Philanthropy may be as small as giving away used toys, or as big as a multi-billion dollar donation. It’s about looking out for each other and supporting those in need. Perhaps you are looking for ways to give back to your community – because that’s the type of community you want to live in – but you’re not sure where to start. This week we’ve selected books that cover different aspects of philanthropy, from how-to guides, to inspirational manifestos to sociopolitical analyses – offering lots of ideas and food for thought.

Doing Good Better: Effective Altruism and a Radical New Way to Make a Difference by William MacAskill

Think of Doing Good Better as a guide on how to turbocharge philanthropy – it is an (entertaining and highly readable) primer on effective altruism, a philosophy focussed on maximising the good you can achieve.  Effective altruism uses a mix of ethics, logic, economics and data analysis to question the normally sentimental basis for doing good.  Using many surprising examples (eg de-worming can have a bigger impact on educational outcomes than donating books and stationery), William MacAskill argues that there can be more than 100-fold difference between doing good, and doing the most good possible.  Doing Good Better challenges our thinking, and suggests a new framework for making the biggest difference we can.

The Ask: for Business, for Philanthropy, for Everyday Living by Laura Fredericks JD

The Ask is, very simply, a guide on how to ask for that donation / promotion / anything you really want.  It is a tool that helps us develop the confidence and skills to overcome our fear of asking for things, particularly money. The Ask contains a simple framework backed by detailed instructions – how to plan, what to say, what not to say – that Laura Fredericks developed through years of experience as a lawyer and professional fundraiser – asking the right questions to get what she wanted.  So whether you are a parent fundraising for your school; or you work in the non-profit sector; or perhaps you want a promotion, or another personal goal – The Ask is the self-help book that will help you get what you want. 

Generation Impact: how Next Gen Donors are Revolutionizing Giving by Sharna Goldseker and Michael Moody

We are at the cusp of a new “golden age of giving”, where entrepreneurship has enabled massive wealth creation, much of which will be donated to charitable causes.  However, the philanthropy landscape is changing – not only are philanthropists getting younger – with entrepreneurs actively donating in their 30s and even 20s – they are also taking a more hands-on approach, donating their skills, time and influence, actively tracking the impact of their donations.  Generation Impact is a detailed survey of the state of this next-gen philanthropy and the opportunities it offers. A must-read for anyone interested in philanthropy, nonprofits, impact investing, and social change.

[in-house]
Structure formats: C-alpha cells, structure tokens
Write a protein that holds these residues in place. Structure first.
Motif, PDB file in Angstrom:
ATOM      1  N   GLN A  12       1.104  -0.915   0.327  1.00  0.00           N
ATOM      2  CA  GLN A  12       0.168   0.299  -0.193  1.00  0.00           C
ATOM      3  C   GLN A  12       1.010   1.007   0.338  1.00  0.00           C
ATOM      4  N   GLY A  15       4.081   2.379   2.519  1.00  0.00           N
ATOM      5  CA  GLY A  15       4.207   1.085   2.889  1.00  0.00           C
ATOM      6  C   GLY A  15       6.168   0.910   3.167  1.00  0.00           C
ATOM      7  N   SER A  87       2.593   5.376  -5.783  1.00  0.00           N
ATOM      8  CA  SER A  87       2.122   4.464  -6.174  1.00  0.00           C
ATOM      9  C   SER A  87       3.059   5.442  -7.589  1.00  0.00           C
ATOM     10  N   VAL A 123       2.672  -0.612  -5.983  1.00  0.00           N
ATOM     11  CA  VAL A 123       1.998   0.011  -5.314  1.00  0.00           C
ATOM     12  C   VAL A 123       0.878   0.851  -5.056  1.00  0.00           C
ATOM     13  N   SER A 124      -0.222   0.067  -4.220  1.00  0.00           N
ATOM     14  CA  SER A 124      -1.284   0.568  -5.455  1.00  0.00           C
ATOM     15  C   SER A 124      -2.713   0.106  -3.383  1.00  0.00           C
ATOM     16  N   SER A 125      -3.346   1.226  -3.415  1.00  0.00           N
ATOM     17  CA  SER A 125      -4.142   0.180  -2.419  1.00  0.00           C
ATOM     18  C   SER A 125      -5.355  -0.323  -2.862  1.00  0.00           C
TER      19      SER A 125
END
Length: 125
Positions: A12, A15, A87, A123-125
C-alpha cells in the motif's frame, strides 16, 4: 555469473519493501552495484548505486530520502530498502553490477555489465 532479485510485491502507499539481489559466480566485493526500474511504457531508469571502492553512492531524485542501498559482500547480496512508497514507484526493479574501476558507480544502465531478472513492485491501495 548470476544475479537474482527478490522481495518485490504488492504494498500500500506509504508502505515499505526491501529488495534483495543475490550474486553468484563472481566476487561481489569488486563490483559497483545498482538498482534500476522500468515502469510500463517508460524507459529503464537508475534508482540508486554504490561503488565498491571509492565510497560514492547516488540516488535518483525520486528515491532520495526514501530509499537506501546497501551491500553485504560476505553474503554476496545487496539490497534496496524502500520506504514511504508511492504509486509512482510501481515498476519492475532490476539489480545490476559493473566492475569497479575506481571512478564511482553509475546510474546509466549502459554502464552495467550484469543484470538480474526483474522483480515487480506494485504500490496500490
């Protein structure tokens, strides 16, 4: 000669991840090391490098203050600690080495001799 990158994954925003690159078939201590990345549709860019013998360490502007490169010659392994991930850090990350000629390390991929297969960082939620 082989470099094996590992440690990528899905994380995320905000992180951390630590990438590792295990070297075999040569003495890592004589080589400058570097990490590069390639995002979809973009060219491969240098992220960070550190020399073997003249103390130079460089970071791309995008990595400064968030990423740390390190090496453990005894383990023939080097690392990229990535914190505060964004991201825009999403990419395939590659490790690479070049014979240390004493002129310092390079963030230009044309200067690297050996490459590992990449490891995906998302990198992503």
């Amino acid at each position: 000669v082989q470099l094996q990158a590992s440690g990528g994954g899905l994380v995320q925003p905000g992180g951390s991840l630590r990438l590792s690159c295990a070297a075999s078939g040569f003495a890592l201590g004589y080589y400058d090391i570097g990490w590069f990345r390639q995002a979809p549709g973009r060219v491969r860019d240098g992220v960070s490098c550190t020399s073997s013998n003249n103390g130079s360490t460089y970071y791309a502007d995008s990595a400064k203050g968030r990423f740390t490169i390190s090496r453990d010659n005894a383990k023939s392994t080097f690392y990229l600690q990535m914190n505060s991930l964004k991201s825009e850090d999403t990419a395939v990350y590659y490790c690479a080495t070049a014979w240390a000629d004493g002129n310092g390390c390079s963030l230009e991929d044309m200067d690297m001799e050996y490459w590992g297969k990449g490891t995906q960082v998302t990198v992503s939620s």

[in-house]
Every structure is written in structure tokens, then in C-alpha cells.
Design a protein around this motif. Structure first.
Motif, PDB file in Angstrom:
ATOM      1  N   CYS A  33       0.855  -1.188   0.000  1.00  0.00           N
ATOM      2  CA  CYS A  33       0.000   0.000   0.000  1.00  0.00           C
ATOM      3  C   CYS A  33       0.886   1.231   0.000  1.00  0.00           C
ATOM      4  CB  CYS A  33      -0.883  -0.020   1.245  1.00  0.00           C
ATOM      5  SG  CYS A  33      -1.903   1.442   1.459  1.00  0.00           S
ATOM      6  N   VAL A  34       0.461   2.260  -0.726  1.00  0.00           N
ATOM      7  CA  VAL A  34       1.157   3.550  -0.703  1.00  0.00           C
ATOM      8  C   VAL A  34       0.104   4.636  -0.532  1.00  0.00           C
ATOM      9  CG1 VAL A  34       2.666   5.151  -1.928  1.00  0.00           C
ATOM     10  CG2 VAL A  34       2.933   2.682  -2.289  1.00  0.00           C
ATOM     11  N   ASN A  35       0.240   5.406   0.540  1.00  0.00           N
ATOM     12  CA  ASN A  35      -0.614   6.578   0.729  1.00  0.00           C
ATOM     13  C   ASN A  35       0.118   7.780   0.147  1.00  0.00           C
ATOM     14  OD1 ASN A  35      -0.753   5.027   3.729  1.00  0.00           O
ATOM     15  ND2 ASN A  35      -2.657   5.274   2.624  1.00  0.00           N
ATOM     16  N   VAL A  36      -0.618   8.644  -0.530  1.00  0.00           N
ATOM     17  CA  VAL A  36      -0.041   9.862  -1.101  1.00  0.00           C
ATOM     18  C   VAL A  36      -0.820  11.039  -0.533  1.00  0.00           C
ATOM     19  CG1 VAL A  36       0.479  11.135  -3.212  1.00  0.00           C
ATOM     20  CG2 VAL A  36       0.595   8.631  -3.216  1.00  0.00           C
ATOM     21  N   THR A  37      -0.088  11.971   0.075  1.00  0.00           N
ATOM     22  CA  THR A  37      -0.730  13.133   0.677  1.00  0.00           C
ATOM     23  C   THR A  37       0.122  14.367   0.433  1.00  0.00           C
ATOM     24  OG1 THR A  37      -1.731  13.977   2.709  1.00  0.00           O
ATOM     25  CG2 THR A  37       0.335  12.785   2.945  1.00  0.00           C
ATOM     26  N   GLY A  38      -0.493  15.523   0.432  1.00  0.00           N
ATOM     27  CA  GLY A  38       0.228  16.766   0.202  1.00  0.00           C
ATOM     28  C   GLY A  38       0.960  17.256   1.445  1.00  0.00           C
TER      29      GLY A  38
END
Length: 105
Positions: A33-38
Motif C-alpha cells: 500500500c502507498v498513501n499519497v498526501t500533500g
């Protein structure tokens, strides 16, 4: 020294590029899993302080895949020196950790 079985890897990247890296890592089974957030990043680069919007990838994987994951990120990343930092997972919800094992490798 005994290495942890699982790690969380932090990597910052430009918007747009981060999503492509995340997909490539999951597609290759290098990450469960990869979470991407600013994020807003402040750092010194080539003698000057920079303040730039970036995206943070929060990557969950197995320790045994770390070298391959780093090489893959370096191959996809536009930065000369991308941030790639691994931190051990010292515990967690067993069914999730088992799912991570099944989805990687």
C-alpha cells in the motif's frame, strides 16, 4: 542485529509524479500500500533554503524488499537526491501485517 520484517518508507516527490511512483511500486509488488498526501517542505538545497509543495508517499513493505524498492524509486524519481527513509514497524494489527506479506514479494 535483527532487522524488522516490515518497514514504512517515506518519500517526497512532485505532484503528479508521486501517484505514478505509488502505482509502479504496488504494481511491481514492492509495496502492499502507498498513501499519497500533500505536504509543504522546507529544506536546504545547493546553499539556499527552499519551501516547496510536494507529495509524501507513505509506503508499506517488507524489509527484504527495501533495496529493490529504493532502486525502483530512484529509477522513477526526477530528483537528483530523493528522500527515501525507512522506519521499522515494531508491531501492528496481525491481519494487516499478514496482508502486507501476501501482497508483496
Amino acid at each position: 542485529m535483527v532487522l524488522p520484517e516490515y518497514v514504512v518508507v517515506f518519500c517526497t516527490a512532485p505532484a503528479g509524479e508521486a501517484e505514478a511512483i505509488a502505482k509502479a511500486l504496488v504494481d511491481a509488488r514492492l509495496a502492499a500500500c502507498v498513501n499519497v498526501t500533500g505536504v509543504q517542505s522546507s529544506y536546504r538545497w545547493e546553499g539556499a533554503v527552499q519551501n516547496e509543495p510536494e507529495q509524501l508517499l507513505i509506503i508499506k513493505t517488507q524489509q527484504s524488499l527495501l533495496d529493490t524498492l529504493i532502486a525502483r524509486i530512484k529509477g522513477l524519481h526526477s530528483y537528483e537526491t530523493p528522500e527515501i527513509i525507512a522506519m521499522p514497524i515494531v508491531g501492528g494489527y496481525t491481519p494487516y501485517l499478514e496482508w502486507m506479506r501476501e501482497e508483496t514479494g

Giving: Purpose is the New Currency by Alexandre Mars

Alexandre Mars is a tech entrepreneur turned (nearly) full-time philanthropist.  In fact, he has taken it one step further, working to help normalise giving for both individuals and organisations. His challenge?  There are three main barriers to overcome – people don’t know where to give, don’t have time to research charities, and don’t trust their money is being spent well. His solution? He created the Epic Foundation, which emphasises transparency and performance analysis when choosing the causes it supports; it also offers an app for donors to track their impact in real time. Giving: Purpose is the New Currency is Alexandre Mars’s journey from venture capitalist to activist; it is his mission statement, and a call to arms for everyone to view giving as an encouraging and joyful practice.

Just Giving: why Philanthropy is Failing Democracy and how it can Do Better by Rob Reich

Rob Reich is a political scientist asking a thought-provoking question: is philanthropy a threat to democracy?  In Just Giving, Rob Reich investigates the ethical and political dimensions of philanthropy, and calls for reform to how it’s structured and incentivised.  Read it and see if you agree with his argument that philanthropy, especially by wealthy individuals or big organisations, is an exercise of power that can influence policy without accountability; or that in some (many?) cases, philanthropy actually worsens inequality.

The Givers: Wealth, Power, and Philanthropy in a New Gilded Age by David Callahan

The Givers shares some of the concerns raised in the previous book, Just Giving – that a growing group of ultra-rich philanthropists, fully confident in their (and their vast wealth’s) ability to solve problems, is effectively directing public policy by pouring millions into their pet causes.  What’s more, this is often done without the type of scrutiny or public consultations required of public officials.  David Callahan gives us an insider’s view of elite philanthropy – by people like Bill and Melinda Gates and Mark Zuckerberg – and how their more hands-on approach, coupled with clear social and political viewpoints, is changing the way philanthropy interacts with politics and public policy.